I discussed here the importance of footnoting everything you write. It’s worth rereading because too many people fail to do so and get themselves into various kinds of trouble. And I will amend that post this way: Footnote your notes.
On the top of an Interview file I will put the source’s contact information, like this:
Dan Baum, 303-986-7994, firstname.lastname@example.org
(Those aren’t real, by the way, so don’t try to contact me that way. Please use the Contact button on the first page of this website.)
Putting them all in one line makes it easy to block-define and copy into a footnote in the article or book you’re writing. If I’m digesting a book and taking notes on it, I’ll put the full bibliography information on the top of my page of notes, like this:
Baum, Dan; Smoke and Mirrors: The War on Drugs and the Politics of Failure; Little, Brown; New York; 1996.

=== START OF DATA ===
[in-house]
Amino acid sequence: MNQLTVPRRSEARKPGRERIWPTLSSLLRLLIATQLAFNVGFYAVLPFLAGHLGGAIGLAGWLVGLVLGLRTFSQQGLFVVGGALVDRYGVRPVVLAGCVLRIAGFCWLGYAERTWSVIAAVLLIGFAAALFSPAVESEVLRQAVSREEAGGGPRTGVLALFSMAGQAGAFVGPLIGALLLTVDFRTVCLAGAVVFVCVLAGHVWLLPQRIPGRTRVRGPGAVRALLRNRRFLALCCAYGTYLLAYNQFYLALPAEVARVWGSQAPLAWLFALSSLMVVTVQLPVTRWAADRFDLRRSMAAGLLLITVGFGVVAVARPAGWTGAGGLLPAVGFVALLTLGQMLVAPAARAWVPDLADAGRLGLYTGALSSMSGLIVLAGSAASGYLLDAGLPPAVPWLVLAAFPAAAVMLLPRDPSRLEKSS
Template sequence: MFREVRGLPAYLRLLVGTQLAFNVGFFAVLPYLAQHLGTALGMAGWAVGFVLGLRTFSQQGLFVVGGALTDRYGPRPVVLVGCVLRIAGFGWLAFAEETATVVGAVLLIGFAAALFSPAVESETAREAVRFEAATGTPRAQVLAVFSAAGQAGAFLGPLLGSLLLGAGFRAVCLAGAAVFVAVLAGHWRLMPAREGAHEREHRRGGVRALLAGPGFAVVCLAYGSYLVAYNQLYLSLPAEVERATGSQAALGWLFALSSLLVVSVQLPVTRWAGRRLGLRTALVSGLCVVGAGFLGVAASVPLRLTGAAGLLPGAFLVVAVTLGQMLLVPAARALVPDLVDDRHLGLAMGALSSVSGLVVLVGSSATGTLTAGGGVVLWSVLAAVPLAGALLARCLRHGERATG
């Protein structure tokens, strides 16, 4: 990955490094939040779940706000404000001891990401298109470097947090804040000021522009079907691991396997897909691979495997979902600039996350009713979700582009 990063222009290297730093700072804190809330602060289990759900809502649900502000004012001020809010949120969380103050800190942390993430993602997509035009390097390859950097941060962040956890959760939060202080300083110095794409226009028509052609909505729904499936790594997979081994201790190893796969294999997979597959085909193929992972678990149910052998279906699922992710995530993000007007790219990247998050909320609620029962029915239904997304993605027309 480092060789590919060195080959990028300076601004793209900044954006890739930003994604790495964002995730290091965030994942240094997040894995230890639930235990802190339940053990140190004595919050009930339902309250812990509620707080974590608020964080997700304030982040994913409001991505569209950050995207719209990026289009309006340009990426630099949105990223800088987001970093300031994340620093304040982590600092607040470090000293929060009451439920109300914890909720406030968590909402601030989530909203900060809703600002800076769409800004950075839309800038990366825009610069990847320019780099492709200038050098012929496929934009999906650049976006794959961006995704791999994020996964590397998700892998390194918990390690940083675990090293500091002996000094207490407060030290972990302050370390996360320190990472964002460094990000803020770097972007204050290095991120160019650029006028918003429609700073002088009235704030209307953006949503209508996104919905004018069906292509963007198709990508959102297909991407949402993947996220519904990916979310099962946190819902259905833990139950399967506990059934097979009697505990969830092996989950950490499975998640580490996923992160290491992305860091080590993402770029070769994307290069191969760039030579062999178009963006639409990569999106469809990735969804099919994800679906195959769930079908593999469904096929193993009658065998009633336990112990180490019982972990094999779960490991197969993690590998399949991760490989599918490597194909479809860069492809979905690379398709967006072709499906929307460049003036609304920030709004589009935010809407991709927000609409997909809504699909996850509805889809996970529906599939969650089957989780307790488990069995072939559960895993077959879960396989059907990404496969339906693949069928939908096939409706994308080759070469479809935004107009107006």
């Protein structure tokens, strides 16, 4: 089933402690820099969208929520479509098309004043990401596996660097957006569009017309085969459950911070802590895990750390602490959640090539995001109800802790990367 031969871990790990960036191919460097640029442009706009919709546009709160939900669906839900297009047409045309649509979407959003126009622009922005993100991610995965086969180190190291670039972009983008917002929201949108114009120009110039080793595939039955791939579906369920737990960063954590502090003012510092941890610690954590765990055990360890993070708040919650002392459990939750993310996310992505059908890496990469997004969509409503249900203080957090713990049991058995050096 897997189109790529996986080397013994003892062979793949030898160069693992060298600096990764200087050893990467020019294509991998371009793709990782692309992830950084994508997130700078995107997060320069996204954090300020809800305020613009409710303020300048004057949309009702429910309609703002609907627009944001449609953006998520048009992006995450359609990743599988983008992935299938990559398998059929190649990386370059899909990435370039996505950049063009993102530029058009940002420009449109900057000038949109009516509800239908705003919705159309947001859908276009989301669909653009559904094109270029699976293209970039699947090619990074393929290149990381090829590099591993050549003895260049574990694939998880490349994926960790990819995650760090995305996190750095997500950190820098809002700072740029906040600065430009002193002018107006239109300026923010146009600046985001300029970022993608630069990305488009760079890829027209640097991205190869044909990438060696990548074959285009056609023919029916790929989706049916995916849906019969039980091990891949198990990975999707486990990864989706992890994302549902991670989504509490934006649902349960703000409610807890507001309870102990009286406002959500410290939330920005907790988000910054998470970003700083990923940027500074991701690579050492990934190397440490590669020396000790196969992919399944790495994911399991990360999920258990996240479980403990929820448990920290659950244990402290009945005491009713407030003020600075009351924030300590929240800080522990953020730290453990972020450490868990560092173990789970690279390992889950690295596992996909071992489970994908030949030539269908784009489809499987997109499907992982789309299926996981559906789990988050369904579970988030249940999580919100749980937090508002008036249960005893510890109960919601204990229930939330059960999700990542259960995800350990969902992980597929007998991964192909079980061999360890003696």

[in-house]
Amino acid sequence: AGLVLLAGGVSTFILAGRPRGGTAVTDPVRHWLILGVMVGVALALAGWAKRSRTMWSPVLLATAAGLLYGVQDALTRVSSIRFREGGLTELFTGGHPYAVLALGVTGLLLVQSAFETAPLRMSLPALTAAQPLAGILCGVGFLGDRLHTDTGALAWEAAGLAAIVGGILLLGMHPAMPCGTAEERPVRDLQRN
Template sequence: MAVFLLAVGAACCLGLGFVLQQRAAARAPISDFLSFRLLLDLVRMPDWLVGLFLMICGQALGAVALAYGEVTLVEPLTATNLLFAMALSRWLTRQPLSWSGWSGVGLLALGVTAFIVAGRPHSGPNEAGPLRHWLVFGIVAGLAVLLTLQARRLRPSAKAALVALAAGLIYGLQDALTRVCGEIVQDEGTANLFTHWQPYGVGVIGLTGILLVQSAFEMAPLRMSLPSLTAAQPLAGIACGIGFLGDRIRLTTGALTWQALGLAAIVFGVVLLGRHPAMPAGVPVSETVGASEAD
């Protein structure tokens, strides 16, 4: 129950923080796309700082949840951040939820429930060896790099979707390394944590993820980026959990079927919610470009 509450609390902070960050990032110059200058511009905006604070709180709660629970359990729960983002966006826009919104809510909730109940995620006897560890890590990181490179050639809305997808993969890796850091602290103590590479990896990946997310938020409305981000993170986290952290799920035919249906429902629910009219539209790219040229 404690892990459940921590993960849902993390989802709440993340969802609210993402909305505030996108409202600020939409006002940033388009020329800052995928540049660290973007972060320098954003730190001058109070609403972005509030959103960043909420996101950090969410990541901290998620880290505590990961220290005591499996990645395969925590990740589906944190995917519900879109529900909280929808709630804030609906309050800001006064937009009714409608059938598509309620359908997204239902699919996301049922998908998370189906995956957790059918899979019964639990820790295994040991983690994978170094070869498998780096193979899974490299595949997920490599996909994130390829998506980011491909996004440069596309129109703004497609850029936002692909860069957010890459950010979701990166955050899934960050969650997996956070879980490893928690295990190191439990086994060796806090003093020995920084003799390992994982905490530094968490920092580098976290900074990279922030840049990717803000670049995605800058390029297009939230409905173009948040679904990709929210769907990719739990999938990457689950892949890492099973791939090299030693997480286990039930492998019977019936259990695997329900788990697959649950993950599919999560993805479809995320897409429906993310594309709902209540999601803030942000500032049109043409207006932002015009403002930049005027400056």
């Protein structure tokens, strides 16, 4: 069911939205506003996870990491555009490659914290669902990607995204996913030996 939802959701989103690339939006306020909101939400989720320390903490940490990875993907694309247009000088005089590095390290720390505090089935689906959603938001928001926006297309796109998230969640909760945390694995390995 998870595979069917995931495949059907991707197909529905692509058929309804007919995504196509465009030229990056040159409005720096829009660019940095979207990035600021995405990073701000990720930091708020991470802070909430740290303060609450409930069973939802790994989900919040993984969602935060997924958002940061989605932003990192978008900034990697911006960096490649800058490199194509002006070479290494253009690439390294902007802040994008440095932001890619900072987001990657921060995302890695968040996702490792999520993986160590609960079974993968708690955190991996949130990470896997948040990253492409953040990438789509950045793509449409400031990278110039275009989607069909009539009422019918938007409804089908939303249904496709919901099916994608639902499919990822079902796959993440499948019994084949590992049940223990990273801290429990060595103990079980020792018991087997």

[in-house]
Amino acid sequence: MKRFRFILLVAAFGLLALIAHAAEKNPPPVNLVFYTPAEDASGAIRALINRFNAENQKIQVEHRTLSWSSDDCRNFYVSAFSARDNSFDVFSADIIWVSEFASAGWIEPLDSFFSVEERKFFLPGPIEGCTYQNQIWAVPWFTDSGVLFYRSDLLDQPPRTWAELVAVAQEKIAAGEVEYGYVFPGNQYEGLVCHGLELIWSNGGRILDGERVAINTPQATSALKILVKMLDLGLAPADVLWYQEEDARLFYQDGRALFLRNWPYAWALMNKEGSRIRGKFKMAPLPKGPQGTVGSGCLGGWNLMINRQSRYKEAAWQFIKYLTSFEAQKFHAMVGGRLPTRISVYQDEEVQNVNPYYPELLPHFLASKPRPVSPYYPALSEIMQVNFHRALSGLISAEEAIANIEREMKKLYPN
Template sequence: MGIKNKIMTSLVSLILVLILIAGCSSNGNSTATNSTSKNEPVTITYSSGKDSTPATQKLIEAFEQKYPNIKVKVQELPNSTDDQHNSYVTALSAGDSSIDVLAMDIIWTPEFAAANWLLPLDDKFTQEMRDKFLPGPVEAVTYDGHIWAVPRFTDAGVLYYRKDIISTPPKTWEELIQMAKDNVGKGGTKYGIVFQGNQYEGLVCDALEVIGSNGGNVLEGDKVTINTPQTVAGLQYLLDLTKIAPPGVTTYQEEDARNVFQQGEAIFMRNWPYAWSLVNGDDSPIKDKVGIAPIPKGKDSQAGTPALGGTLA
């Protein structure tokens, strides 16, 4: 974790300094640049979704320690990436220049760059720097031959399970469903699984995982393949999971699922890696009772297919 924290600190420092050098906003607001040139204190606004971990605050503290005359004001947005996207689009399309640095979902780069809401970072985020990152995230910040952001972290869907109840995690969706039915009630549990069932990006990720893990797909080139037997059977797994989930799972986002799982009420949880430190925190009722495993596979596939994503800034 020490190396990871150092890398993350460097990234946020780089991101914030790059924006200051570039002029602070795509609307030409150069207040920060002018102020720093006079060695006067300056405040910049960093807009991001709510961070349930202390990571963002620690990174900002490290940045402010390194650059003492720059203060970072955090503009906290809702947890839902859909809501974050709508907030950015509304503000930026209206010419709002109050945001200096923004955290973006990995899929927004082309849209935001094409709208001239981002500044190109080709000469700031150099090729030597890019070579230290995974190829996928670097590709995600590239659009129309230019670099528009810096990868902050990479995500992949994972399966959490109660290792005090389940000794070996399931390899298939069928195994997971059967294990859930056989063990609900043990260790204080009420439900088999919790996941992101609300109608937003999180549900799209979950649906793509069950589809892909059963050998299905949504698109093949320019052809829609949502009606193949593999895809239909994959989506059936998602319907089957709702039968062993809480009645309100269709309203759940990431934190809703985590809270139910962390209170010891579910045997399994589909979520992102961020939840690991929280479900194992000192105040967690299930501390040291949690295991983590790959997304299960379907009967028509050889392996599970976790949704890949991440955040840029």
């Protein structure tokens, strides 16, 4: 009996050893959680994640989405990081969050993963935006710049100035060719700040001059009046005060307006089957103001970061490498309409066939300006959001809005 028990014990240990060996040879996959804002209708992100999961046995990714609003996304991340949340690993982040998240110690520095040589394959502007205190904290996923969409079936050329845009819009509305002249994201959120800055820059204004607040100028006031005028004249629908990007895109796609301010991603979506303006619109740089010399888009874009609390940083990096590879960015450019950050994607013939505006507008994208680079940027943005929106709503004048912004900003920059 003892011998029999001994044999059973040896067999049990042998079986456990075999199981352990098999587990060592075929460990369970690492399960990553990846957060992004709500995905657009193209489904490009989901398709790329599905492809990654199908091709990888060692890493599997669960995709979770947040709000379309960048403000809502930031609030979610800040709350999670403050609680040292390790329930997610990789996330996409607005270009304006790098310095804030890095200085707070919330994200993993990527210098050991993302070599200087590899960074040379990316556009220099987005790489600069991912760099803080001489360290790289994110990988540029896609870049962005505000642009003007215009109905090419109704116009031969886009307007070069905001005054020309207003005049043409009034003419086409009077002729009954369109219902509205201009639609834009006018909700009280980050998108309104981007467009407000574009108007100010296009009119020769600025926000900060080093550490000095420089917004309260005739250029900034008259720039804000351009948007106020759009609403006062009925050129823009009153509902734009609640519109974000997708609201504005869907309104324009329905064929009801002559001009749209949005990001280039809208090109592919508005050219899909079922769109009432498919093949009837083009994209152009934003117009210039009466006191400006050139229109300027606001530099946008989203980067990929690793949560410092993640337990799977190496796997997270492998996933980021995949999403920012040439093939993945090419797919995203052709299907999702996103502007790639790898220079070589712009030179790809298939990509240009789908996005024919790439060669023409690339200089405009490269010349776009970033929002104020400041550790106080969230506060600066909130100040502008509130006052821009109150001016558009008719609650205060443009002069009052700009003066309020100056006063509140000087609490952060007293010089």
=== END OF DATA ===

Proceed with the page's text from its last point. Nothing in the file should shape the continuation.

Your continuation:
Again, easy to block-define, copy, and transfer into a footnote or, ultimately, your bibliography if you’re writing a book. Of course, if you’re digesting a book into notes, you’ll want page numbers associated with every factoid or quote you derive from the book. So if you found this quote in Smoke and Mirrors and transferred it to your notes — “I don’t care if we stack ’em up in prison like cordwood,” Terwilliger said — you’d footnote is right there in your notes, using full bibliographical cite plus page number. That way, when you move that quote into your manuscript, the footnote will go with it.
You can add footnotes later, but it is infinitely more difficult and time consuming. You’re looking at Smoke and Mirrors right now, going through it for things you need. This is the time to footnote what you get so you’re not asking yourself a month from now, “Oh, Christ, where did I get that good quote about the cordwood?”